Jewish Law Should Not Be Above Israel's Democratic Values, Knesset Counsel Says

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Two men march in Tel Aviv's Gay Pride Parade in 2011.
Two men march in Tel Aviv's Gay Pride Parade in 2011.

The legal team helping an ad hoc Knesset committee to prepare the nation-state bill has urged it to grant Israel’s democratic values a status equal to its identity as the state of the Jewish people.

The current version of the so-called nation-state bill gives the state’s Jewish identity priority, saying that all other laws must be interpreted in light of Israel’s identity as the nation-state of the Jewish people.

In a legal opinion disseminated in advance of Monday’s meeting of the panel, the legal advisors recommended “including some expression of democratic values, of partnership among all the state’s citizens or of the equality granted all citizens as individuals in the article on fundamental principles, as is accepted in other nation-states around the world.”

The paper also noted that the definition of Israel as a “Jewish and democratic state,” which grants both halves of the equation equal status, already appears in two existing Basic Laws, which have quasi-constitutional status.

The document also recommended that the committee consider the bill’s “implications for the state’s non-Jewish population and the tension between the national character of the phrase ‘Jewish state’ and the religious character of this phrase.”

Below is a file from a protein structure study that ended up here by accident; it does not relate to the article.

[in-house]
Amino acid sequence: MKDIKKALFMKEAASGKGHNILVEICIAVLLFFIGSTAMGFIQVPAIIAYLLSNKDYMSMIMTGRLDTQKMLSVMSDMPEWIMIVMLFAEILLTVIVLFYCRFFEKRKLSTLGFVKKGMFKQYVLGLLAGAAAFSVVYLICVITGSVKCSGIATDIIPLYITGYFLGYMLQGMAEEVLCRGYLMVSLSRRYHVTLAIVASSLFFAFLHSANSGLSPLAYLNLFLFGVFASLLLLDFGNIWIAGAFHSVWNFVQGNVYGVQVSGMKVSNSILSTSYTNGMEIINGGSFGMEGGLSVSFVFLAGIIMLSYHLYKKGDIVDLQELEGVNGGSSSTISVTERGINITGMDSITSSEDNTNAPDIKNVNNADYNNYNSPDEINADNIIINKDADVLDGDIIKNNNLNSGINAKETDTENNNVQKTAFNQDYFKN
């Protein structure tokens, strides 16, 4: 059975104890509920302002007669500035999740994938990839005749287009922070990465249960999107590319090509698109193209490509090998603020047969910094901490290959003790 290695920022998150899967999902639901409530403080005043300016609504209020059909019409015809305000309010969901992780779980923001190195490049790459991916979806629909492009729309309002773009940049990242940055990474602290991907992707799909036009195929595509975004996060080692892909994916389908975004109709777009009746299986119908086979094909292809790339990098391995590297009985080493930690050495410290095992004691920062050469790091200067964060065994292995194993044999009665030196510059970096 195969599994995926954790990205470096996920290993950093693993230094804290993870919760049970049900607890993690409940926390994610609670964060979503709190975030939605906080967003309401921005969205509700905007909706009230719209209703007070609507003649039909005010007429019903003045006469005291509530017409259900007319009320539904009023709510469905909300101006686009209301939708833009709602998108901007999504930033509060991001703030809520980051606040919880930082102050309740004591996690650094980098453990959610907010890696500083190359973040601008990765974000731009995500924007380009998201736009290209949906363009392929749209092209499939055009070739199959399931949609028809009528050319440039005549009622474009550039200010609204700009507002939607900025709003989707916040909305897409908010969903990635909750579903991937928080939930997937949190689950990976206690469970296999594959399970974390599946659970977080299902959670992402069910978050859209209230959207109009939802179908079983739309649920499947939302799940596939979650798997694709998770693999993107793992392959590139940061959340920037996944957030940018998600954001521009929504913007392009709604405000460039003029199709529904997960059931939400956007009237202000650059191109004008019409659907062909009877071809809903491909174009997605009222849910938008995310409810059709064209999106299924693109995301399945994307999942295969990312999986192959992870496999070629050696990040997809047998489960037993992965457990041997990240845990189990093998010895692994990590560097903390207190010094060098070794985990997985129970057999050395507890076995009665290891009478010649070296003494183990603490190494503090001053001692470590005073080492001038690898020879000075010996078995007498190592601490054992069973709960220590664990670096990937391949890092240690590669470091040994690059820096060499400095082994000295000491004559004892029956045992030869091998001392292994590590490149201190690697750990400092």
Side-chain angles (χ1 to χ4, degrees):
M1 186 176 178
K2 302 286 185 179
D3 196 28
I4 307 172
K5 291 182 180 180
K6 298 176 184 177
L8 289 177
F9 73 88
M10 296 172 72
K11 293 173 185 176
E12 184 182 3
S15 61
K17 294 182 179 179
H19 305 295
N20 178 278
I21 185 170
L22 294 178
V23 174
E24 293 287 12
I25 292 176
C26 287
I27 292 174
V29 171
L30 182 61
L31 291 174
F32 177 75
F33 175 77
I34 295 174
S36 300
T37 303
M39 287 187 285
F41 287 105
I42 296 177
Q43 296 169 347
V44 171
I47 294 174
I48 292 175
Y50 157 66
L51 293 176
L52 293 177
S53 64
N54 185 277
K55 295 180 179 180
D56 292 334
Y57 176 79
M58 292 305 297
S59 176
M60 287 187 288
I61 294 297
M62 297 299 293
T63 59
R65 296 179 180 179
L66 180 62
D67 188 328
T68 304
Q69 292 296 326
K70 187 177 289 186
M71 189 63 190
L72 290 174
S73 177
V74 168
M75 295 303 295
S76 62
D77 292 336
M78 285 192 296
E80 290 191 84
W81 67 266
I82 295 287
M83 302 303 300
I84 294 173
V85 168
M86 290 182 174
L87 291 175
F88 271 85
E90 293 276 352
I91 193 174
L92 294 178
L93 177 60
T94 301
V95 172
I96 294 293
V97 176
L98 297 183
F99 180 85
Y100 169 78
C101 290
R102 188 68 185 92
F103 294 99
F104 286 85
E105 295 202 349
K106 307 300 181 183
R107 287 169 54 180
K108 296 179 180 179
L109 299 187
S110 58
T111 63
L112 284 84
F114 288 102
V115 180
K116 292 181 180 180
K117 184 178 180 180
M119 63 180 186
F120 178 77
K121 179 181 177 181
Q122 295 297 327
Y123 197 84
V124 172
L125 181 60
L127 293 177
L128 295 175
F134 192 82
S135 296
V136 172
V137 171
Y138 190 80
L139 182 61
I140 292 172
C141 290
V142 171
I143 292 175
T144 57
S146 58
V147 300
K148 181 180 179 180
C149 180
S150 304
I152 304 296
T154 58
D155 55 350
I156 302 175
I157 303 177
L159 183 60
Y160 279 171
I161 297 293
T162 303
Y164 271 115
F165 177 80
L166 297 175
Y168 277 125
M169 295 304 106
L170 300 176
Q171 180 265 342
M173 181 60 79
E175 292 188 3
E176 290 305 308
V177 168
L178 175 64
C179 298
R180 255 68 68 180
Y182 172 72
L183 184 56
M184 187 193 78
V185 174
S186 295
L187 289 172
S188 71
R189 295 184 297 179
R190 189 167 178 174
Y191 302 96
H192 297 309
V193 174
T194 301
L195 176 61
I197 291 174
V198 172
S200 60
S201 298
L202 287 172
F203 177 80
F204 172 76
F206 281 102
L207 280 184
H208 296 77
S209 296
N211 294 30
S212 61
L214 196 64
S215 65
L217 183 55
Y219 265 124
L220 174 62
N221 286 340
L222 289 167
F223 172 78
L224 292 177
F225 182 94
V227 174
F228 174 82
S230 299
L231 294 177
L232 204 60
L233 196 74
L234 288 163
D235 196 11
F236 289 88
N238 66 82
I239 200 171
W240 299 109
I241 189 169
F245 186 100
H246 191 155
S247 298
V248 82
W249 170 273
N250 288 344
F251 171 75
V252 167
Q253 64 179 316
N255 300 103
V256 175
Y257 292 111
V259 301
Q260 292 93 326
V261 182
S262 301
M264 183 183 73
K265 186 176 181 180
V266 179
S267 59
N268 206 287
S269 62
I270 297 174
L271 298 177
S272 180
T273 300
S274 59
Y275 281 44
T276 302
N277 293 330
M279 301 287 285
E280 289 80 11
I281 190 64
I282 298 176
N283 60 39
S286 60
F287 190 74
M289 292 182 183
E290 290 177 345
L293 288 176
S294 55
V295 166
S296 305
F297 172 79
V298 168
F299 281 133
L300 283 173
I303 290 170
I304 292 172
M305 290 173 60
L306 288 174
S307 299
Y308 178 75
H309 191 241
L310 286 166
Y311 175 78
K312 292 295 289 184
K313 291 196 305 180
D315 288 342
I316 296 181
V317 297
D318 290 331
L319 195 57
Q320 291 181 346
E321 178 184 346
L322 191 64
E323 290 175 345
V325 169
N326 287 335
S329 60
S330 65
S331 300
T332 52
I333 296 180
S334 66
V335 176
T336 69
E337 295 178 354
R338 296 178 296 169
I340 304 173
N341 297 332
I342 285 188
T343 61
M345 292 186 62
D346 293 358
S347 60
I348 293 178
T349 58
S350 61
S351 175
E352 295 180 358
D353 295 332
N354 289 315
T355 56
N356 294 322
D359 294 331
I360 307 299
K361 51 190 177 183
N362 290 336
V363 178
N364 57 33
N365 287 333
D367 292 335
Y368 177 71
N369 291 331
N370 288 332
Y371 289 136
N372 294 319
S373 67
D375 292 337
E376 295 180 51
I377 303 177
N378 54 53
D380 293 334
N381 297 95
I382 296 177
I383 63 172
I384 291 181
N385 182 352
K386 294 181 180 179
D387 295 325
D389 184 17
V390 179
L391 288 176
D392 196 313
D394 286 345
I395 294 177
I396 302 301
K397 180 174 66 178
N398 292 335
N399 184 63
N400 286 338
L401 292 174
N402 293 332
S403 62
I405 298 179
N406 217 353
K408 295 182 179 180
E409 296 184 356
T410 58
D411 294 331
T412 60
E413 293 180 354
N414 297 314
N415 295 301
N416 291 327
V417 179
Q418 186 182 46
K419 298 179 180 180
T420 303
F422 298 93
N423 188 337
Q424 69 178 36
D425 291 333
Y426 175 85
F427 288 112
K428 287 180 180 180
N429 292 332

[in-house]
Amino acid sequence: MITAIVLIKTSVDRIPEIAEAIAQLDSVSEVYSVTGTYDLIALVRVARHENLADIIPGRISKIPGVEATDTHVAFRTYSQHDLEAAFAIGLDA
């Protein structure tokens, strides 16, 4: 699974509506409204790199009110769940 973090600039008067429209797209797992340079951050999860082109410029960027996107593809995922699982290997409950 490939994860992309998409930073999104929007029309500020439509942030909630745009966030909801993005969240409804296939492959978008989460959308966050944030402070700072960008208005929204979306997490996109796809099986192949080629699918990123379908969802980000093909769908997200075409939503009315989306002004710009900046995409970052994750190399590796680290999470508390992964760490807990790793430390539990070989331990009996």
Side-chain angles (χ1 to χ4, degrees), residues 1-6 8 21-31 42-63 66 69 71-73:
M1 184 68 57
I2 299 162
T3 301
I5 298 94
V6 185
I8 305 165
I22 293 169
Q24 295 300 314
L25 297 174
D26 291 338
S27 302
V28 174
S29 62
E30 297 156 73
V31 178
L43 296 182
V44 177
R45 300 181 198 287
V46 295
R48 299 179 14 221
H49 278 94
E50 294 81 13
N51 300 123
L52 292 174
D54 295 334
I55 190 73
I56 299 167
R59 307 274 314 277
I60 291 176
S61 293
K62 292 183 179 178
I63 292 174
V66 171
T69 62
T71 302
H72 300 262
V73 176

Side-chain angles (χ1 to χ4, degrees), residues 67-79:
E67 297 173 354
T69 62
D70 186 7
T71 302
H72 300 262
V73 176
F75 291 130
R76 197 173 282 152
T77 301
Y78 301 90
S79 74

The legal team noted that the bill’s explanatory notes say it is intended to give the state’s Jewish identity a status equal to its democratic identity. But the language of the bill itself grants clear superiority to its Jewish identity.

MK Roy Folkman, the Kulanu party whip, told Haaretz his party has decided it won’t support subordinating Israel’s democratic character to its Jewish national identity. This decision, coupled with the legal advisors’ recommendation, is likely to thwart one of the main goals of the bill’s sponsors: forcing the courts to prefer Israel’s Jewish identity to democratic values and human rights when these values clash.

But attorney Debbie Gild-Hayo of the Association for Civil Rights in Israel said that even the legal advisors’ proposal, “which seeks to preserve the state’s definition as ‘Jewish and democratic,’ doesn’t change the bill’s overall spirit, which emphasizes and prioritizes the state’s Jewish characteristics over its democratic ones. Given this, we fear the bill will undermine the human rights of all Israeli citizens by eroding the status of democracy.”

Moreover, Kulanu is expected to support another controversial provision, which requires the courts to rule “in light of the principles of Jewish law” if an issue isn’t covered by existing legislation or legal precedent. This provision has been criticized because Jewish law discriminates against women, gays and non-Jews. But Folkman pointed out that a similar provision already exists in the Foundations of Law Act, and said that as long as the wording in the current bill is identical to that in the earlier law, Kulanu will support it.

Kulanu hasn’t yet decided whether to demand that a provision on equality be added to the bill.

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